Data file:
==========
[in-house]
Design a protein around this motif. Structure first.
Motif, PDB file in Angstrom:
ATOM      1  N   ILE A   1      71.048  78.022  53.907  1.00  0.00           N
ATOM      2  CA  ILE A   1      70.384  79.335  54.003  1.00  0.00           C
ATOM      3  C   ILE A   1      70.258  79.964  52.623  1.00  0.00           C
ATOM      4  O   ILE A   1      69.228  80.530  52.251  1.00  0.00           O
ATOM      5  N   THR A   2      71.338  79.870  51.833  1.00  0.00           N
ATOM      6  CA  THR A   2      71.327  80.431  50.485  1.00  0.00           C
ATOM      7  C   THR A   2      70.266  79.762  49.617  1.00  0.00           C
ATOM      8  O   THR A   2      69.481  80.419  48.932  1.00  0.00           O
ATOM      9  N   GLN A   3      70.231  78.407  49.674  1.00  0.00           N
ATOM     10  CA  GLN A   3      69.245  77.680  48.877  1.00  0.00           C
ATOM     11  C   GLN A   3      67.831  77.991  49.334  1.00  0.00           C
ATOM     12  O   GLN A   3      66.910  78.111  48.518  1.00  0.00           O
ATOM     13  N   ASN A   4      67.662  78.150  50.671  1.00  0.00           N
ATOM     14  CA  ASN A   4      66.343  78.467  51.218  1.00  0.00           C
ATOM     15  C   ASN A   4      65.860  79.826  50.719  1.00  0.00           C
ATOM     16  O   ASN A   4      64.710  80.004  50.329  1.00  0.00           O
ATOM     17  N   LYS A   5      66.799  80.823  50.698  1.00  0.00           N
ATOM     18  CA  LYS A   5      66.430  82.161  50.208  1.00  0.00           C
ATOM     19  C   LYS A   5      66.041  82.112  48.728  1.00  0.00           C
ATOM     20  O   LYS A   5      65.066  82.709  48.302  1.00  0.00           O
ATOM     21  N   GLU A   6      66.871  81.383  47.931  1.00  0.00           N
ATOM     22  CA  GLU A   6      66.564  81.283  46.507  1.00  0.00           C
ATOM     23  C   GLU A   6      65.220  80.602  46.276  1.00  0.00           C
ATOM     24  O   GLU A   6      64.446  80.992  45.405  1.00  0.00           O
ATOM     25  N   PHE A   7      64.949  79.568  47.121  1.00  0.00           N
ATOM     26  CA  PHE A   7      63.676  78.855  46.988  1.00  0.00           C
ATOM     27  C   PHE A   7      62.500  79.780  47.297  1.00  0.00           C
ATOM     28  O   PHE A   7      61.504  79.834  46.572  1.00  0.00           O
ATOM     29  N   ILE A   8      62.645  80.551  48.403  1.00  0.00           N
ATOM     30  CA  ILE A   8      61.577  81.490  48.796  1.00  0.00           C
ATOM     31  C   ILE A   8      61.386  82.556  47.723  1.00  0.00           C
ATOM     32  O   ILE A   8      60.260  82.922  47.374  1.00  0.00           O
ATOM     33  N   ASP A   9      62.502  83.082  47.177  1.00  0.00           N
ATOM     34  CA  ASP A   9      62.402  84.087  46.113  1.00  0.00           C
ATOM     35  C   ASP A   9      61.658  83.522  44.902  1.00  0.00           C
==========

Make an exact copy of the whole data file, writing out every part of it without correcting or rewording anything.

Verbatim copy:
[in-house]
Design a protein around this motif. Structure first.
Motif, PDB file in Angstrom:
ATOM      1  N   ILE A   1      71.048  78.022  53.907  1.00  0.00           N
ATOM      2  CA  ILE A   1      70.384  79.335  54.003  1.00  0.00           C
ATOM      3  C   ILE A   1      70.258  79.964  52.623  1.00  0.00           C
ATOM      4  O   ILE A   1      69.228  80.530  52.251  1.00  0.00           O
ATOM      5  N   THR A   2      71.338  79.870  51.833  1.00  0.00           N
ATOM      6  CA  THR A   2      71.327  80.431  50.485  1.00  0.00           C
ATOM      7  C   THR A   2      70.266  79.762  49.617  1.00  0.00           C
ATOM      8  O   THR A   2      69.481  80.419  48.932  1.00  0.00           O
ATOM      9  N   GLN A   3      70.231  78.407  49.674  1.00  0.00           N
ATOM     10  CA  GLN A   3      69.245  77.680  48.877  1.00  0.00           C
ATOM     11  C   GLN A   3      67.831  77.991  49.334  1.00  0.00           C
ATOM     12  O   GLN A   3      66.910  78.111  48.518  1.00  0.00           O
ATOM     13  N   ASN A   4      67.662  78.150  50.671  1.00  0.00           N
ATOM     14  CA  ASN A   4      66.343  78.467  51.218  1.00  0.00           C
ATOM     15  C   ASN A   4      65.860  79.826  50.719  1.00  0.00           C
ATOM     16  O   ASN A   4      64.710  80.004  50.329  1.00  0.00           O
ATOM     17  N   LYS A   5      66.799  80.823  50.698  1.00  0.00           N
ATOM     18  CA  LYS A   5      66.430  82.161  50.208  1.00  0.00           C
ATOM     19  C   LYS A   5      66.041  82.112  48.728  1.00  0.00           C
ATOM     20  O   LYS A   5      65.066  82.709  48.302  1.00  0.00           O
ATOM     21  N   GLU A   6      66.871  81.383  47.931  1.00  0.00           N
ATOM     22  CA  GLU A   6      66.564  81.283  46.507  1.00  0.00           C
ATOM     23  C   GLU A   6      65.220  80.602  46.276  1.00  0.00           C
ATOM     24  O   GLU A   6      64.446  80.992  45.405  1.00  0.00           O
ATOM     25  N   PHE A   7      64.949  79.568  47.121  1.00  0.00           N
ATOM     26  CA  PHE A   7      63.676  78.855  46.988  1.00  0.00           C
ATOM     27  C   PHE A   7      62.500  79.780  47.297  1.00  0.00           C
ATOM     28  O   PHE A   7      61.504  79.834  46.572  1.00  0.00           O
ATOM     29  N   ILE A   8      62.645  80.551  48.403  1.00  0.00           N
ATOM     30  CA  ILE A   8      61.577  81.490  48.796  1.00  0.00           C
ATOM     31  C   ILE A   8      61.386  82.556  47.723  1.00  0.00           C
ATOM     32  O   ILE A   8      60.260  82.922  47.374  1.00  0.00           O
ATOM     33  N   ASP A   9      62.502  83.082  47.177  1.00  0.00           N
ATOM     34  CA  ASP A   9      62.402  84.087  46.113  1.00  0.00           C
ATOM     35  C   ASP A   9      61.658  83.522  44.902  1.00  0.00           C